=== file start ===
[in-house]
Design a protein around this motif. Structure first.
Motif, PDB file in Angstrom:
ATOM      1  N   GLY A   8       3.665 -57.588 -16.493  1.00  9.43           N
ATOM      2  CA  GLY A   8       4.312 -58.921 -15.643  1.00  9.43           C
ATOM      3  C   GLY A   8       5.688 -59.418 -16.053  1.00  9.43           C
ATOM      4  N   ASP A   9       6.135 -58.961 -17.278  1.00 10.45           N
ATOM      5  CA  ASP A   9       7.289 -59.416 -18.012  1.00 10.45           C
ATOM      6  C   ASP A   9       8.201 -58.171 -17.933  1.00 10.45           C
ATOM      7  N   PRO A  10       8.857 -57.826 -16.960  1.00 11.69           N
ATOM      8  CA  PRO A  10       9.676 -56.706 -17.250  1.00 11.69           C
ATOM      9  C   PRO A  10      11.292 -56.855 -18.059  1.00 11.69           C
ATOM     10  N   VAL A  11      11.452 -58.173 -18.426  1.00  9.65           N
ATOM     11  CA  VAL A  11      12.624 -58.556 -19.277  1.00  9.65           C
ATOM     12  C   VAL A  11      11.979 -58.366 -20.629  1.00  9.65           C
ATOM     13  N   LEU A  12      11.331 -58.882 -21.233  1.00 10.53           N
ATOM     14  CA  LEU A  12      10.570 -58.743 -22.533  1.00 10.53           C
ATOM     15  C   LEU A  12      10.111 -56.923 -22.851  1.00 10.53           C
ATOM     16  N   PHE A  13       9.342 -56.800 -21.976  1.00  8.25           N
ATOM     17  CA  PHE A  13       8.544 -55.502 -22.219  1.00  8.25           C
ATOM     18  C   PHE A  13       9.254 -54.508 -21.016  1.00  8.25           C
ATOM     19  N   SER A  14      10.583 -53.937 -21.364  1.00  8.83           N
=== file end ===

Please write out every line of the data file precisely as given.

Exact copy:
[in-house]
Design a protein around this motif. Structure first.
Motif, PDB file in Angstrom:
ATOM      1  N   GLY A   8       3.665 -57.588 -16.493  1.00  9.43           N
ATOM      2  CA  GLY A   8       4.312 -58.921 -15.643  1.00  9.43           C
ATOM      3  C   GLY A   8       5.688 -59.418 -16.053  1.00  9.43           C
ATOM      4  N   ASP A   9       6.135 -58.961 -17.278  1.00 10.45           N
ATOM      5  CA  ASP A   9       7.289 -59.416 -18.012  1.00 10.45           C
ATOM      6  C   ASP A   9       8.201 -58.171 -17.933  1.00 10.45           C
ATOM      7  N   PRO A  10       8.857 -57.826 -16.960  1.00 11.69           N
ATOM      8  CA  PRO A  10       9.676 -56.706 -17.250  1.00 11.69           C
ATOM      9  C   PRO A  10      11.292 -56.855 -18.059  1.00 11.69           C
ATOM     10  N   VAL A  11      11.452 -58.173 -18.426  1.00  9.65           N
ATOM     11  CA  VAL A  11      12.624 -58.556 -19.277  1.00  9.65           C
ATOM     12  C   VAL A  11      11.979 -58.366 -20.629  1.00  9.65           C
ATOM     13  N   LEU A  12      11.331 -58.882 -21.233  1.00 10.53           N
ATOM     14  CA  LEU A  12      10.570 -58.743 -22.533  1.00 10.53           C
ATOM     15  C   LEU A  12      10.111 -56.923 -22.851  1.00 10.53           C
ATOM     16  N   PHE A  13       9.342 -56.800 -21.976  1.00  8.25           N
ATOM     17  CA  PHE A  13       8.544 -55.502 -22.219  1.00  8.25           C
ATOM     18  C   PHE A  13       9.254 -54.508 -21.016  1.00  8.25           C
ATOM     19  N   SER A  14      10.583 -53.937 -21.364  1.00  8.83           N